Monday, March 5, 2012

Rolling Stones 44: Shine A Light

Having had fun with his recent Bob Dylan project, Martin Scorsese decided to reclaim his throne as king of the rockumentary with a Stones concert. And as long as there was a movie, why not issue a soundtrack? After all, it had been only four years since the last Stones live album.
We haven’t decided if the credit for “digital editing” refers to any post-dubbing, and it’s also not clear why Bob Clearmountain needed to mix the album at two different studios. But Shine A Light gets a slight edge over their previous five live albums in that the Beacon Theater setting is more intimate than any stadium, and the energy is more apparent. The horn section and vocalists don’t get in the way, and Darryl Jones’ bass manages to be heard. Charlie crackles as ever, even trying to add some life to “As Tears Go By”. Mick uses the f-word a lot, and has fun with “Faraway Eyes”. The biggest cheers are saved for Keith’s harmonizing. He sings three songs on his own, and even engages the crowd with conversation and a mention of the X-pensive Winos, which must have thrilled Mick no end. Unfortunately, whoever’s in charge decided that the greatest rock ‘n roll band in the world shouldn’t be left to stand on their own, so the album is graced by the presence of three so-called special guests: Buddy Guy, which makes sense; Jack White, which is a stretch; and Christina Aguilera, which is a crime to humanity.
Despite the performances of over half the songs from A Bigger Bang on their current tour, the newest songs on Shine A Light were first released in 1983. And to their credit, only four songs are repeated from Live Licks (a strategy Paul McCartney should consider for his next live album). There’s a single-disc version, but what fan’s gonna settle for that?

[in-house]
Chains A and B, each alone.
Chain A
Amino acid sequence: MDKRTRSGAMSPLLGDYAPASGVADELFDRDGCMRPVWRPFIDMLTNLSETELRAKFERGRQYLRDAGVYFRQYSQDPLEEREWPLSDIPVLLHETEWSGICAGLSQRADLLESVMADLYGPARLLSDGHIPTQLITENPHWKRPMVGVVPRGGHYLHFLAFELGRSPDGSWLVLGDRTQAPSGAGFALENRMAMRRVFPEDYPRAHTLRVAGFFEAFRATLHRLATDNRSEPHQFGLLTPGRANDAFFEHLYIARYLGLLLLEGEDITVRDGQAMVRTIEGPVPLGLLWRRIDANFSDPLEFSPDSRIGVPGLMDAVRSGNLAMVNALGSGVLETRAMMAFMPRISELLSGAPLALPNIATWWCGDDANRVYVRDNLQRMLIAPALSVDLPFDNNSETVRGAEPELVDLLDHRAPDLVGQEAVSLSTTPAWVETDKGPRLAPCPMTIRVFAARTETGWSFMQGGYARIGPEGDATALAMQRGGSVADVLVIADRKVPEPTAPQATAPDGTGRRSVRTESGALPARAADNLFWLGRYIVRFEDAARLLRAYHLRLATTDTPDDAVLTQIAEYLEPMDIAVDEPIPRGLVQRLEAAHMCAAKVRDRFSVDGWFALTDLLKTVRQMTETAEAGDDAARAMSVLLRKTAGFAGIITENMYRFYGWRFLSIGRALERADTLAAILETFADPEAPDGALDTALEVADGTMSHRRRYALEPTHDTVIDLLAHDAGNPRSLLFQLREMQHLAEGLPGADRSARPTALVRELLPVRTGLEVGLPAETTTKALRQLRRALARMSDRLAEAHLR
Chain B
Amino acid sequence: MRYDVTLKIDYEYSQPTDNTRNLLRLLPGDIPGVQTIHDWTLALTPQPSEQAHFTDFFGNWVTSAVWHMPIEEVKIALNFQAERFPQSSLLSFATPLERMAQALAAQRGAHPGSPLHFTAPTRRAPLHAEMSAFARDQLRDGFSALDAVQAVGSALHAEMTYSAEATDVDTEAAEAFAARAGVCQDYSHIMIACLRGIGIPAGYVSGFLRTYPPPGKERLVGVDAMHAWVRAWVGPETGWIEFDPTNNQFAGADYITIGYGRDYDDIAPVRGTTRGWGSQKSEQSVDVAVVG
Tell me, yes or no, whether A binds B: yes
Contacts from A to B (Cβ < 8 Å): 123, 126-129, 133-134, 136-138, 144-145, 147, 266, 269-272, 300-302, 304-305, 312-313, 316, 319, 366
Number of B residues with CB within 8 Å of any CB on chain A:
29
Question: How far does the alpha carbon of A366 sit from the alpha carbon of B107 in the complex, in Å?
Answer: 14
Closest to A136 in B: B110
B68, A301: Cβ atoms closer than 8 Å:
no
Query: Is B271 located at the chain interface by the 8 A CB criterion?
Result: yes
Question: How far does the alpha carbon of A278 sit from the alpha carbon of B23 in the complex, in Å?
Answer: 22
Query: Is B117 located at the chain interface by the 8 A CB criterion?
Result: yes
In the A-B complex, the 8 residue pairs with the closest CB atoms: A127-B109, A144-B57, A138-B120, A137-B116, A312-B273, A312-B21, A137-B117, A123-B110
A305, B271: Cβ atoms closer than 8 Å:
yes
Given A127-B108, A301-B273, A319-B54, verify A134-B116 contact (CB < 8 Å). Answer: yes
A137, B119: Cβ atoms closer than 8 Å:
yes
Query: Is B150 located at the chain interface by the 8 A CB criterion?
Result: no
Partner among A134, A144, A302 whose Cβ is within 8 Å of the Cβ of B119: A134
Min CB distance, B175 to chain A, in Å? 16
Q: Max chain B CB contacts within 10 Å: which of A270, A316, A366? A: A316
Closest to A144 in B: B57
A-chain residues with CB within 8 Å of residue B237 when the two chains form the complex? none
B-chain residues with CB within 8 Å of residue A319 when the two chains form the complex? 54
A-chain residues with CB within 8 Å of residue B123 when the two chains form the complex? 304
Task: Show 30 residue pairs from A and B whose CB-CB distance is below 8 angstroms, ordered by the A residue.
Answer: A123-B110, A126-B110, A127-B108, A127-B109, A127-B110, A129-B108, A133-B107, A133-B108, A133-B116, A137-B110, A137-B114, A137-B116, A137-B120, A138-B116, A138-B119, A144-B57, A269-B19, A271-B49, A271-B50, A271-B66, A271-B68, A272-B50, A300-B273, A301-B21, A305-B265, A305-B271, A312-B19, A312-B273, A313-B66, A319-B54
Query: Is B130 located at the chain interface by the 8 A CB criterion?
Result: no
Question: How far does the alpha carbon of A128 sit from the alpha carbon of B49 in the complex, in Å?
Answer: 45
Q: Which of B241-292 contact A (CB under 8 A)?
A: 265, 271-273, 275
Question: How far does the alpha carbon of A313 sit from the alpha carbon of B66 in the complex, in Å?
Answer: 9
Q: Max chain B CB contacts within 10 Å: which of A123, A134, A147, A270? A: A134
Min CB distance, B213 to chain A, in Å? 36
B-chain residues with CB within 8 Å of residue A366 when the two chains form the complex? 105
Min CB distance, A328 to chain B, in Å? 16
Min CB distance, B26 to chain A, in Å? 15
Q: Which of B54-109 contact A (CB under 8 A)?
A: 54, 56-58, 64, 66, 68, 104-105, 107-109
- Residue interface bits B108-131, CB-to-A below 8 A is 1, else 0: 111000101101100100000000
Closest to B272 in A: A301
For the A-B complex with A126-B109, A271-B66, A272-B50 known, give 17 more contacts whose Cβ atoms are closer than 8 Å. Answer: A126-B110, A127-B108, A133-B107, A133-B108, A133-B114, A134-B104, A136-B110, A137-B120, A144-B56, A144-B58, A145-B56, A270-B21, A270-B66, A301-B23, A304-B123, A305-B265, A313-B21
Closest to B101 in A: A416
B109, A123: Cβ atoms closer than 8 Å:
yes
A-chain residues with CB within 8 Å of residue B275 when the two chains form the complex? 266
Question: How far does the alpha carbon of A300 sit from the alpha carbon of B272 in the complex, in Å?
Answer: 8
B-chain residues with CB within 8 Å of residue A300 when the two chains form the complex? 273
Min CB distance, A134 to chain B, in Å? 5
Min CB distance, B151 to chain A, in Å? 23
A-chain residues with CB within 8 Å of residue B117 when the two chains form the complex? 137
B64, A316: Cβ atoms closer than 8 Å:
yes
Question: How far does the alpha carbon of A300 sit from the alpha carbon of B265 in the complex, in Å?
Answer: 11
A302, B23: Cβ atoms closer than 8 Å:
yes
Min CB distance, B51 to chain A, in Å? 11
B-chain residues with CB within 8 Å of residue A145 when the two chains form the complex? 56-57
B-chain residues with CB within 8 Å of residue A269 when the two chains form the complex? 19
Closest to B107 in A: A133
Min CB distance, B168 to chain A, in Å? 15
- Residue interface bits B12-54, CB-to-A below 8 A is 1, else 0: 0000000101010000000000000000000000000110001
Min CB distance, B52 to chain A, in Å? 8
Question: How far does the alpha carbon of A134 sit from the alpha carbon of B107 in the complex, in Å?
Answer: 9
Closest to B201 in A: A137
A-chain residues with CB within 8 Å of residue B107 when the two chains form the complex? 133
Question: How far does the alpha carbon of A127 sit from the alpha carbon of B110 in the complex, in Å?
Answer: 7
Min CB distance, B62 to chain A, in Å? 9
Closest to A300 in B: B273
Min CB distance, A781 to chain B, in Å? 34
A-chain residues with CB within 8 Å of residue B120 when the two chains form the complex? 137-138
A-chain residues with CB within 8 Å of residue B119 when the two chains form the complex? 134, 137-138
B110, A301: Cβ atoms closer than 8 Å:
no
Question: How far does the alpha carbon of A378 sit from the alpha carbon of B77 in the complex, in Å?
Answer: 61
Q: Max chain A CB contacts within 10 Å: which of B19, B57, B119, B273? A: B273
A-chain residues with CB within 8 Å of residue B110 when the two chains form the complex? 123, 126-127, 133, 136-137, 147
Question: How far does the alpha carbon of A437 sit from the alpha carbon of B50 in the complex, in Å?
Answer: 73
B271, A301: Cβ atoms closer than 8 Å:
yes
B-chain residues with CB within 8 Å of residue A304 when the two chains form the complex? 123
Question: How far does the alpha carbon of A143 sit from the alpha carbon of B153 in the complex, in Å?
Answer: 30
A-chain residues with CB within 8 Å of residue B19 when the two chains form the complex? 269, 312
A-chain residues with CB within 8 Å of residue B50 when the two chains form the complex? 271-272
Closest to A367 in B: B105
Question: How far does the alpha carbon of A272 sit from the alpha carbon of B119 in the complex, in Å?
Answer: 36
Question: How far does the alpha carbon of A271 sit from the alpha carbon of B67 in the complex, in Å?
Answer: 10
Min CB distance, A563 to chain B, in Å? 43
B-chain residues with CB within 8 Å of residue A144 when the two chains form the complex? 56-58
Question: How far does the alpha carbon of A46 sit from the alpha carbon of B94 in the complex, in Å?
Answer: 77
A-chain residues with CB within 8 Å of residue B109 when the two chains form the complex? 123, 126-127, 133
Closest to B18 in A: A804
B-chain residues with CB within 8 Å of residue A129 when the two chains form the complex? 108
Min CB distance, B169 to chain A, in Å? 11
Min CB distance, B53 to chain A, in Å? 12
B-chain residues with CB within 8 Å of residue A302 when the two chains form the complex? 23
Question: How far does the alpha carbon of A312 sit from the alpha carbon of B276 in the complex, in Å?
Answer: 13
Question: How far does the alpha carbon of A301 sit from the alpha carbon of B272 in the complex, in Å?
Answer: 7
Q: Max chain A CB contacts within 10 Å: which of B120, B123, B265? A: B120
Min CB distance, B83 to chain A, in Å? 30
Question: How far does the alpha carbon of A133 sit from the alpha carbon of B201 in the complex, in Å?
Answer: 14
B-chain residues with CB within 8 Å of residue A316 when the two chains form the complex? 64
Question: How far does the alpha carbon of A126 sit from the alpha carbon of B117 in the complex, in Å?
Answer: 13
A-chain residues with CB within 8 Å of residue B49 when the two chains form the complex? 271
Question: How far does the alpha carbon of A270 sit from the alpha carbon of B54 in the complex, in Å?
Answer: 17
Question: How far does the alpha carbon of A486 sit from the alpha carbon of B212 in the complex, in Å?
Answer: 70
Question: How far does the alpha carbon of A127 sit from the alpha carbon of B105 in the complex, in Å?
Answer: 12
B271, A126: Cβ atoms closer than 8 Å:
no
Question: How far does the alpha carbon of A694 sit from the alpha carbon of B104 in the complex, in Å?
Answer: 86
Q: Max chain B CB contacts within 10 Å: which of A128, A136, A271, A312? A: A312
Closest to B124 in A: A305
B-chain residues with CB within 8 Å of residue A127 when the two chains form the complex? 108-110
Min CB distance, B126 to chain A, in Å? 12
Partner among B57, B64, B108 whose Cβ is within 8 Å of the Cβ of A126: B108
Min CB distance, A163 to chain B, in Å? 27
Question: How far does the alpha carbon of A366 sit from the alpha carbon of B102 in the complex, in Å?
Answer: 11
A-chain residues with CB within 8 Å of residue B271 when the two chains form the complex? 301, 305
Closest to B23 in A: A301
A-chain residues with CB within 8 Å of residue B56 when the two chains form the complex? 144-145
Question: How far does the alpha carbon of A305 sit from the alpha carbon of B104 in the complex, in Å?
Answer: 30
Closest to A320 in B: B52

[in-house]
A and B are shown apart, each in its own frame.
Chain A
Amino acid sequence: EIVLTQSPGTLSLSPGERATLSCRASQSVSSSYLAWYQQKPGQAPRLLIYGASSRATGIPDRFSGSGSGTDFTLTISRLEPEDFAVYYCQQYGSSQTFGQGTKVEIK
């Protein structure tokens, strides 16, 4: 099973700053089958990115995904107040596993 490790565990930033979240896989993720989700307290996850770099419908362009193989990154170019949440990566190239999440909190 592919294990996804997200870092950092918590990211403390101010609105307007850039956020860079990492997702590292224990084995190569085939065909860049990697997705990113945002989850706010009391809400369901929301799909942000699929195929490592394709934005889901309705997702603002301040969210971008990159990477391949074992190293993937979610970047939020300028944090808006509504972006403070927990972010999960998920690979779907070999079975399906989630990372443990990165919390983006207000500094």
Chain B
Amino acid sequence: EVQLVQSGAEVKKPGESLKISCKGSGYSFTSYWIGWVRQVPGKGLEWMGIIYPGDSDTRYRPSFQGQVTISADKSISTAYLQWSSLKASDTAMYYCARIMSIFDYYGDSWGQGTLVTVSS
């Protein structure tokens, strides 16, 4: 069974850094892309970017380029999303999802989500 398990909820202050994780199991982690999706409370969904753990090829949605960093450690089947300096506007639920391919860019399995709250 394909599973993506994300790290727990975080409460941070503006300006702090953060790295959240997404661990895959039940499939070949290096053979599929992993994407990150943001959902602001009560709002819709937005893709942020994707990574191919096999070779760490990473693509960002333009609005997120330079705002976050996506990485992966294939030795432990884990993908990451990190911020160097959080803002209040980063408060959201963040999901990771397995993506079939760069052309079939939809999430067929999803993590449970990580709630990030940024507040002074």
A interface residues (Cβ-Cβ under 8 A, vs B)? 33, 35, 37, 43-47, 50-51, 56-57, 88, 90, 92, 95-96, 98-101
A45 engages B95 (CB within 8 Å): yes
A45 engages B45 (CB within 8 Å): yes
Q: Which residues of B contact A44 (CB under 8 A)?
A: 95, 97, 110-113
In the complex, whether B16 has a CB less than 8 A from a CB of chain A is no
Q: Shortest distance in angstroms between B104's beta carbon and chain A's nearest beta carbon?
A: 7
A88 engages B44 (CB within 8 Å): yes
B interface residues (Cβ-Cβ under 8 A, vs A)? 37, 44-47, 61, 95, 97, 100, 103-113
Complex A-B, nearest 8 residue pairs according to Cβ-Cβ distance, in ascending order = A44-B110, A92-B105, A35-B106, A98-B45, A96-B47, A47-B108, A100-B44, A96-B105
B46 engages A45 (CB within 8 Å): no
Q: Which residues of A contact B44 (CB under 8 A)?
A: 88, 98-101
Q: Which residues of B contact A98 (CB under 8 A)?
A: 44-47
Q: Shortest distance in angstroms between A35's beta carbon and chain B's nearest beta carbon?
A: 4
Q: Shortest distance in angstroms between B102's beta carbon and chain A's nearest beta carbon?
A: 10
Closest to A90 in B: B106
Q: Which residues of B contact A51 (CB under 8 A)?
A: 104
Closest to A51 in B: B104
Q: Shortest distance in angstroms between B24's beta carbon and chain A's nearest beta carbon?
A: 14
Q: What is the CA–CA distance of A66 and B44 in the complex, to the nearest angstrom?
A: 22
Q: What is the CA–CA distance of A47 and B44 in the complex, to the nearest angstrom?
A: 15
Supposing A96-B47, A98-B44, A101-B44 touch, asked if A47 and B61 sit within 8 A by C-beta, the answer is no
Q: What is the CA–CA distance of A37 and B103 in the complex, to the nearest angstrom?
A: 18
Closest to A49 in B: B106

Rolling Stones Shine A Light (2008)—3


  1. As blasphemous as it may be, I think Aguilera actually did a pretty good job at Live With Me. She worked well with Mick and didn't do much of her annoying vocal howling that she usually does. It's kind of a sexy and slinky song anyways and even though I hate her own music, I might be a bit biased because I find her sexy as hell, especially now that she packed on a few pounds. I like me a woman with curves.

  2. Worst concert film in history. Marty's having kittens because he doesn't have the set list. All he had to do was walk over to the band's sound and lighting desk and ask for a copy. Or just look at the perspex screens next to Charlie's kit, where the songs have been written since the 1989 tour.

  3. Charlie is the heat in that engine, and it's going to be a sad day indeed when he's not around.

  4. His drumming style is very, ahem, unusual. I often got a real close look when they went to the b-stage, which granted must have had horrible sound. There's no way he would be replaced.

    Anyway enough rock stars from that era have died already that I think I am braced for the demise of those that are left. It's not like they will have died prematurely, tragically or on the verge of career comebacks (John Lennon, Marvin Gaye, etc). When the time comes it comes. They're my parents' age, the 1941-43 range, so this issue does occur to me a lot.

    Dig up Michael Nesmith's glorious 242-word elegy to Davy Jones on his Facebook page. It will put your whole life into context.